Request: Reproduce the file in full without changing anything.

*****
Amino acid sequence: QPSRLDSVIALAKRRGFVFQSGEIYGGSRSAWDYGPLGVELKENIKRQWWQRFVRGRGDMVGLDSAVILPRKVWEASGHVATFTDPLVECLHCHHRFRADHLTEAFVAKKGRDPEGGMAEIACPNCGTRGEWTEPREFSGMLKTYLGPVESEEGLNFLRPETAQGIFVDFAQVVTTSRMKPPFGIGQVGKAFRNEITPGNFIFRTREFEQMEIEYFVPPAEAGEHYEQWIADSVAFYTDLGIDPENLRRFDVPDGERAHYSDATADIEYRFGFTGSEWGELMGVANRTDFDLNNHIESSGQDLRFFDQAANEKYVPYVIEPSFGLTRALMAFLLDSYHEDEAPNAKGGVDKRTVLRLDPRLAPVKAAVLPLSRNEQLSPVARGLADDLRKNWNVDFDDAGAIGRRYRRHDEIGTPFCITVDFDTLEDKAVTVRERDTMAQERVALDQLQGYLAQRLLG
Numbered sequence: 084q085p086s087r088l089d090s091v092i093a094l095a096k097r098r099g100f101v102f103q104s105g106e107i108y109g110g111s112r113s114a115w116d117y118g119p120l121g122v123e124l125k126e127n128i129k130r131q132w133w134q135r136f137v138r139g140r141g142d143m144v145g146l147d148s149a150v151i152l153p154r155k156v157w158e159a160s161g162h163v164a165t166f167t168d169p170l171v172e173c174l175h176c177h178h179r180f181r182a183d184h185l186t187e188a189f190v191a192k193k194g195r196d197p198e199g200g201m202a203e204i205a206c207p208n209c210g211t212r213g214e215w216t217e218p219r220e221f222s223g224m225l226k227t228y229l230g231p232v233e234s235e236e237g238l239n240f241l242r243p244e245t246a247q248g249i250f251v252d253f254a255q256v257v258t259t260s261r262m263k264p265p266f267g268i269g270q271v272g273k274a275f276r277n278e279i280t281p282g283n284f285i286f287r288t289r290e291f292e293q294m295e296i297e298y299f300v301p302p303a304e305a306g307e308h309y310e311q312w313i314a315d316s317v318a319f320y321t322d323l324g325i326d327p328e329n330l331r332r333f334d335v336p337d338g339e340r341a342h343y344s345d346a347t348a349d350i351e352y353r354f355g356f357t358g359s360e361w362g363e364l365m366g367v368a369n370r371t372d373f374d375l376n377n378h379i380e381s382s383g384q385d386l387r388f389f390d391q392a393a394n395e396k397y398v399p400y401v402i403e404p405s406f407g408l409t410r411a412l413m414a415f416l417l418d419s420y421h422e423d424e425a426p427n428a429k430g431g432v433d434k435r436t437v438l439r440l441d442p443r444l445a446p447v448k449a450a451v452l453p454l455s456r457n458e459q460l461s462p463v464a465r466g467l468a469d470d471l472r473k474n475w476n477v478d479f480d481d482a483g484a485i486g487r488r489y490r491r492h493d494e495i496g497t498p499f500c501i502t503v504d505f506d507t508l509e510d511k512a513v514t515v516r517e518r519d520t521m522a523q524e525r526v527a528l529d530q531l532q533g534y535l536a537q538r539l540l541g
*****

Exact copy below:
Amino acid sequence: QPSRLDSVIALAKRRGFVFQSGEIYGGSRSAWDYGPLGVELKENIKRQWWQRFVRGRGDMVGLDSAVILPRKVWEASGHVATFTDPLVECLHCHHRFRADHLTEAFVAKKGRDPEGGMAEIACPNCGTRGEWTEPREFSGMLKTYLGPVESEEGLNFLRPETAQGIFVDFAQVVTTSRMKPPFGIGQVGKAFRNEITPGNFIFRTREFEQMEIEYFVPPAEAGEHYEQWIADSVAFYTDLGIDPENLRRFDVPDGERAHYSDATADIEYRFGFTGSEWGELMGVANRTDFDLNNHIESSGQDLRFFDQAANEKYVPYVIEPSFGLTRALMAFLLDSYHEDEAPNAKGGVDKRTVLRLDPRLAPVKAAVLPLSRNEQLSPVARGLADDLRKNWNVDFDDAGAIGRRYRRHDEIGTPFCITVDFDTLEDKAVTVRERDTMAQERVALDQLQGYLAQRLLG
Numbered sequence: 084q085p086s087r088l089d090s091v092i093a094l095a096k097r098r099g100f101v102f103q104s105g106e107i108y109g110g111s112r113s114a115w116d117y118g119p120l121g122v123e124l125k126e127n128i129k130r131q132w133w134q135r136f137v138r139g140r141g142d143m144v145g146l147d148s149a150v151i152l153p154r155k156v157w158e159a160s161g162h163v164a165t166f167t168d169p170l171v172e173c174l175h176c177h178h179r180f181r182a183d184h185l186t187e188a189f190v191a192k193k194g195r196d197p198e199g200g201m202a203e204i205a206c207p208n209c210g211t212r213g214e215w216t217e218p219r220e221f222s223g224m225l226k227t228y229l230g231p232v233e234s235e236e237g238l239n240f241l242r243p244e245t246a247q248g249i250f251v252d253f254a255q256v257v258t259t260s261r262m263k264p265p266f267g268i269g270q271v272g273k274a275f276r277n278e279i280t281p282g283n284f285i286f287r288t289r290e291f292e293q294m295e296i297e298y299f300v301p302p303a304e305a306g307e308h309y310e311q312w313i314a315d316s317v318a319f320y321t322d323l324g325i326d327p328e329n330l331r332r333f334d335v336p337d338g339e340r341a342h343y344s345d346a347t348a349d350i351e352y353r354f355g356f357t358g359s360e361w362g363e364l365m366g367v368a369n370r371t372d373f374d375l376n377n378h379i380e381s382s383g384q385d386l387r388f389f390d391q392a393a394n395e396k397y398v399p400y401v402i403e404p405s406f407g408l409t410r411a412l413m414a415f416l417l418d419s420y421h422e423d424e425a426p427n428a429k430g431g432v433d434k435r436t437v438l439r440l441d442p443r444l445a446p447v448k449a450a451v452l453p454l455s456r457n458e459q460l461s462p463v464a465r466g467l468a469d470d471l472r473k474n475w476n477v478d479f480d481d482a483g484a485i486g487r488r489y490r491r492h493d494e495i496g497t498p499f500c501i502t503v504d505f506d507t508l509e510d511k512a513v514t515v516r517e518r519d520t521m522a523q524e525r526v527a528l529d530q531l532q533g534y535l536a537q538r539l540l541g